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Chinese shipping giant makes a bid for Athens port

Shipping container cranes line the Piraeus cargo port in Piraeus, Greece

Greece negotiates the sale of Piraeus port as part of privatisation plans

Athens has received a sole offer from Chinese shipping giant, China Cosco Holdings, for a majority stake in the largest seaport in Greece the Port of Piraeus. The decision to sell the country s main port is expected to earn the debt-ridden country hundreds of millions, while also creating a European logistics centre for Chinese exports. The Hellenic Republic Asset Development Fund, which handles the sales of state-owned assets, has not revealed the value of the bid, but has given the Chinese group one week to make an improved offer according to the Associated Press[1].

The Wall Street Journal[2] reports that the offer was indicated to have been about ‘ 700m, which includes infrastructure investments of around ‘ 350m within a five-year period.

It s good news because it strengthens the investment climate in Greece at a difficult time, and could generate more investments in rail infrastructure and other ports , George Xiradakis, a marine business consultant, told The Wall Street Journal. The port, which is one of the largest in Europe, is already being used by Cosco for the transhipment of containers arriving from China. Cosco thus plans to use Piraeus as a logistics hub, from which Chinese goods can then be transported via railway to the east of Europe.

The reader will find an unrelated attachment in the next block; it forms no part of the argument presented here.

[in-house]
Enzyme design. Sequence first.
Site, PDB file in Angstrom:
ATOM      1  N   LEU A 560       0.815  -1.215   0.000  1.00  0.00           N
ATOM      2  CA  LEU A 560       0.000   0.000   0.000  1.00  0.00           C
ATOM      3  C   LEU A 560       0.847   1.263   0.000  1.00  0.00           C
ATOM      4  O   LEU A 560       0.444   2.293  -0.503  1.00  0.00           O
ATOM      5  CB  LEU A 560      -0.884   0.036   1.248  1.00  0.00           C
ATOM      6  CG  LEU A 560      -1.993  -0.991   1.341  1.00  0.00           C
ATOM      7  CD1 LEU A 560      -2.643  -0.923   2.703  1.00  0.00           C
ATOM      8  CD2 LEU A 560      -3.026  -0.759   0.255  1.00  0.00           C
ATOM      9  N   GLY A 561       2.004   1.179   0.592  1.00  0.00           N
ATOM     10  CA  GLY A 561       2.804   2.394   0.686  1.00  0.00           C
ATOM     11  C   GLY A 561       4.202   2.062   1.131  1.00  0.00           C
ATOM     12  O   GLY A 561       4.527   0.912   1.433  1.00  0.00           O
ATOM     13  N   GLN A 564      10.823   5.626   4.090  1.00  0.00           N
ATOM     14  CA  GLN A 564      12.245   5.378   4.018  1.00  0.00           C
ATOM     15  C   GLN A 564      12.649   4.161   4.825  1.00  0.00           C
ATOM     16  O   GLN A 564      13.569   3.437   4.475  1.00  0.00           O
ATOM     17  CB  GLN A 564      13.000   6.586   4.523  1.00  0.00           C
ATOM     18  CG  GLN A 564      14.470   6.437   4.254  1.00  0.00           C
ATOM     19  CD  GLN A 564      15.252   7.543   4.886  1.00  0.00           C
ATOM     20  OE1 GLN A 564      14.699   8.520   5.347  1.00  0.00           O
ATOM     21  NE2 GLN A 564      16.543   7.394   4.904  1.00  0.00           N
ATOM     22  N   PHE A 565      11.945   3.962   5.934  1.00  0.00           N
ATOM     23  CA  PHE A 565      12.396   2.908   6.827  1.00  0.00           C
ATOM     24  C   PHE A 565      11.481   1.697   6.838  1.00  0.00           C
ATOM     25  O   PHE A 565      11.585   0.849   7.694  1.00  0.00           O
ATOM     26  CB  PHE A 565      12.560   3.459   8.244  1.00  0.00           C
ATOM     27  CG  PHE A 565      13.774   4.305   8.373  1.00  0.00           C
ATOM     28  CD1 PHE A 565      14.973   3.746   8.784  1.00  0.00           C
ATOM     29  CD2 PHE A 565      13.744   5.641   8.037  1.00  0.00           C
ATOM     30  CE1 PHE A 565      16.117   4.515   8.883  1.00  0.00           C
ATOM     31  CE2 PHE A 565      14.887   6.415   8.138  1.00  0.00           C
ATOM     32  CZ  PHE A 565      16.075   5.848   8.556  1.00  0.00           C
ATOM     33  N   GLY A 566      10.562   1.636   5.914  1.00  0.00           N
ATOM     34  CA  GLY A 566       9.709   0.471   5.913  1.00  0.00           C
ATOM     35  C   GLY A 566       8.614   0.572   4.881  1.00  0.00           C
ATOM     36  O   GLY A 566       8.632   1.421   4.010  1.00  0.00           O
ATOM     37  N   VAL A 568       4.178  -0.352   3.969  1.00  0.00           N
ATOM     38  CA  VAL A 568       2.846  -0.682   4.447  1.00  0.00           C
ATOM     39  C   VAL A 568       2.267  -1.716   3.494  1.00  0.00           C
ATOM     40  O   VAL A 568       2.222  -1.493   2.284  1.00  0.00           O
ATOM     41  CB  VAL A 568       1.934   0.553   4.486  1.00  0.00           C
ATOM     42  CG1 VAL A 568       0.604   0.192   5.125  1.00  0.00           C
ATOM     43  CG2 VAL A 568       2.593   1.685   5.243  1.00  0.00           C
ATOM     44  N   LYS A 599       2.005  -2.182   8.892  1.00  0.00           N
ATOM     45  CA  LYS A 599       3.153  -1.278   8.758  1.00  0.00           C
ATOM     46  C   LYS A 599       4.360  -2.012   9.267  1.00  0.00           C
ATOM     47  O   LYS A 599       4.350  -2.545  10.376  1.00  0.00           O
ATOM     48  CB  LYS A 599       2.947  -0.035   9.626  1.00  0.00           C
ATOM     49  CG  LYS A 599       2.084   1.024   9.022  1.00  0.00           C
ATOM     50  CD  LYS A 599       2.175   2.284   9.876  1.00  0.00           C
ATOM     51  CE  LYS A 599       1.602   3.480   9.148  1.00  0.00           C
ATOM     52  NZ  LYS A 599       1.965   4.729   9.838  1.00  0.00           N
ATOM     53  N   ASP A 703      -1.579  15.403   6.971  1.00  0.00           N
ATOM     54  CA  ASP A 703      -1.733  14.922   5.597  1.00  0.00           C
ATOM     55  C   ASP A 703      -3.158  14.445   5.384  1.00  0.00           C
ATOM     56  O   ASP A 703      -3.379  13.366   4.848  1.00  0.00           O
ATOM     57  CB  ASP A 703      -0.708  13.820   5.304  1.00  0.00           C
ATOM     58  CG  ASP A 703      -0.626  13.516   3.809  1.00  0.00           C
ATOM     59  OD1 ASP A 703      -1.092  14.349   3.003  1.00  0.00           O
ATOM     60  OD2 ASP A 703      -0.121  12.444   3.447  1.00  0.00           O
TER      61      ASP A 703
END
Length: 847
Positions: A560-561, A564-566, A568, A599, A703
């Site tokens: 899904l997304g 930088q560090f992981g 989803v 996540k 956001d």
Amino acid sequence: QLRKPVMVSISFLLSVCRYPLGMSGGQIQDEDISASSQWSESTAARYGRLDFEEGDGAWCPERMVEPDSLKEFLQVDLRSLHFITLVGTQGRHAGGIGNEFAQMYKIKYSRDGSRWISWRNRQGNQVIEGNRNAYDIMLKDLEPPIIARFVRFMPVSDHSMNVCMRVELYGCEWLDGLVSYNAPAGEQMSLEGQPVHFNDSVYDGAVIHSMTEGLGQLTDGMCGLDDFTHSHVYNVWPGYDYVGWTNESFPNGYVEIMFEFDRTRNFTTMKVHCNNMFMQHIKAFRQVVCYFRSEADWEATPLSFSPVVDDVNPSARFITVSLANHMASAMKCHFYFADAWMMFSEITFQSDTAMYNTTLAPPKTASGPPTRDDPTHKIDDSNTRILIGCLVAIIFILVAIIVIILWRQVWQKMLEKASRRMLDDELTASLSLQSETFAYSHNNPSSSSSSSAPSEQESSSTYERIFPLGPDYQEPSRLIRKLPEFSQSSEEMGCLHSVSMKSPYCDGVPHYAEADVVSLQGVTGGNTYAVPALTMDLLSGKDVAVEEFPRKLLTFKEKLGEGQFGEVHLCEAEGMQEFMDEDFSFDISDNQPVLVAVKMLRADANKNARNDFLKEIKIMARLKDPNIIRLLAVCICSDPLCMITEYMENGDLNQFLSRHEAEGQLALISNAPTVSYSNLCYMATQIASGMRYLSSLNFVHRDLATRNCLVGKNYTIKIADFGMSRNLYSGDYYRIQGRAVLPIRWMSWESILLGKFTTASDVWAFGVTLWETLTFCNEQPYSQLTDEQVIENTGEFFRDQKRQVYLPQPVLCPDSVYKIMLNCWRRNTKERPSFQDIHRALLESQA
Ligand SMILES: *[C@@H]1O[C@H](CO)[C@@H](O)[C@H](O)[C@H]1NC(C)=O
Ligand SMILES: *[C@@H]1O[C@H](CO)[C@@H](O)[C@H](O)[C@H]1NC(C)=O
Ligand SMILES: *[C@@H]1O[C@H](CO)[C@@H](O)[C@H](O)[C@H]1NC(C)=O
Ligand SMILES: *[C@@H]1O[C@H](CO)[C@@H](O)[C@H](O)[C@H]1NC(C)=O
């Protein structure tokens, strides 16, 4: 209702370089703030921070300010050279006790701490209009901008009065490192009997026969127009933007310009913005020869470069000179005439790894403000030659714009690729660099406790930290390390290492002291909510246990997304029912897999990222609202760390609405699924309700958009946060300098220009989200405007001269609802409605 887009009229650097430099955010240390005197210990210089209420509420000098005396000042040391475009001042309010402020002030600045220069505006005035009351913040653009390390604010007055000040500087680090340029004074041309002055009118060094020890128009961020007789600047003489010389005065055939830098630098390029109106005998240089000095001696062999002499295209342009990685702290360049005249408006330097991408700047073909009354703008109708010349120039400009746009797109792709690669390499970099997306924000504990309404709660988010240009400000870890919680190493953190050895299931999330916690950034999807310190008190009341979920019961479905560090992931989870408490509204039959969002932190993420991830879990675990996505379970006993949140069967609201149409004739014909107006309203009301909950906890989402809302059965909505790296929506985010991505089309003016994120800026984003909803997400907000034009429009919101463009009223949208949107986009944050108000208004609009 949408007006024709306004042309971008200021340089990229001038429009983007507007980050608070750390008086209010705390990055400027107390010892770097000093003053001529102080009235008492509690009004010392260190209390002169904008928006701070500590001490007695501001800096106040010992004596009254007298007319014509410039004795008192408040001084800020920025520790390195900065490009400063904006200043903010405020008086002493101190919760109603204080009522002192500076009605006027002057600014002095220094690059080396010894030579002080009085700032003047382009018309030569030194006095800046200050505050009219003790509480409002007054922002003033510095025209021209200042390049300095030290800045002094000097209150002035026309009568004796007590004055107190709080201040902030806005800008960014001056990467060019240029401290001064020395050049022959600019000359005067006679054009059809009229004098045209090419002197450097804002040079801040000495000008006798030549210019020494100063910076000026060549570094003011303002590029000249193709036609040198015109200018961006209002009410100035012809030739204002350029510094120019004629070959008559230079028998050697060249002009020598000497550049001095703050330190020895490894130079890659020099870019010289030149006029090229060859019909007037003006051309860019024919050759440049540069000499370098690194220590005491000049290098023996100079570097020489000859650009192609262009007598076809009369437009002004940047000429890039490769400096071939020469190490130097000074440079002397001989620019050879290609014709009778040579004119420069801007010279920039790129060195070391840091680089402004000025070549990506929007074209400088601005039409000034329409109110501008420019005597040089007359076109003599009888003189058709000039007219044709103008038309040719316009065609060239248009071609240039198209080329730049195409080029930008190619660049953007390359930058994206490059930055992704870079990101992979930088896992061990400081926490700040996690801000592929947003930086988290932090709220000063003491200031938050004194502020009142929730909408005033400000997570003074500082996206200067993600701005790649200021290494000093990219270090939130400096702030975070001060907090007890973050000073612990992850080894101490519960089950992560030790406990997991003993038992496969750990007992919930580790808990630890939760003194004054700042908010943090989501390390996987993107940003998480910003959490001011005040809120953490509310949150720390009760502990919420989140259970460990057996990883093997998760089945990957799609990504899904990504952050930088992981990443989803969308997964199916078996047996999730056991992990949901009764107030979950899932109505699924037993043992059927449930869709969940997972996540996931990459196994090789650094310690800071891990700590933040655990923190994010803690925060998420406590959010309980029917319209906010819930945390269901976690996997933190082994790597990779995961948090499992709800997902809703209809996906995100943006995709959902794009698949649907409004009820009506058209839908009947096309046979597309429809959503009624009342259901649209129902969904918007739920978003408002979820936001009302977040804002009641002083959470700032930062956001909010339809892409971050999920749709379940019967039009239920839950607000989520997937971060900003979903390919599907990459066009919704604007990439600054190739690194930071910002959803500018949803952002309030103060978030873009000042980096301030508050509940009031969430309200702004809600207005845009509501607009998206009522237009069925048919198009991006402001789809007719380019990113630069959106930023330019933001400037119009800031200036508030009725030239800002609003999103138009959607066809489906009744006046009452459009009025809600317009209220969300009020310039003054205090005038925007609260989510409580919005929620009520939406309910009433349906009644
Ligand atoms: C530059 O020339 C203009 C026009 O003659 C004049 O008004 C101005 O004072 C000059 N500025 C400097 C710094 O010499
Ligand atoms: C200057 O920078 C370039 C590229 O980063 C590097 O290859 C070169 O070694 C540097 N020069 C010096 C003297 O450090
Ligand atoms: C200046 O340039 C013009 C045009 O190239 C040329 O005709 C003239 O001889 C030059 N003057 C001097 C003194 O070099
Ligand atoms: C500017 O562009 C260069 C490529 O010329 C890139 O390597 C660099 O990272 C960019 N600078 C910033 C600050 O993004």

Athens is set to sell a 67 percent stake in the Port of Piraeus as part of a long-term privatisation strategy that forms part of the deal made with international lenders last year.

Despite an initial pledge from the ruling party Syriza that the privatisation of state assets would not transpire, the Athens administration has now been bound to the shift as a result of the ‘ 85bn bailout package it received last summer. As such, the country s second biggest seaport, the Port of Thessaloniki, will also be sold to investors sometime in 2017.

References

  1. ^ Associated Press (bigstory.ap.org)
  2. ^ The Wall Street Journal (www.wsj.com)



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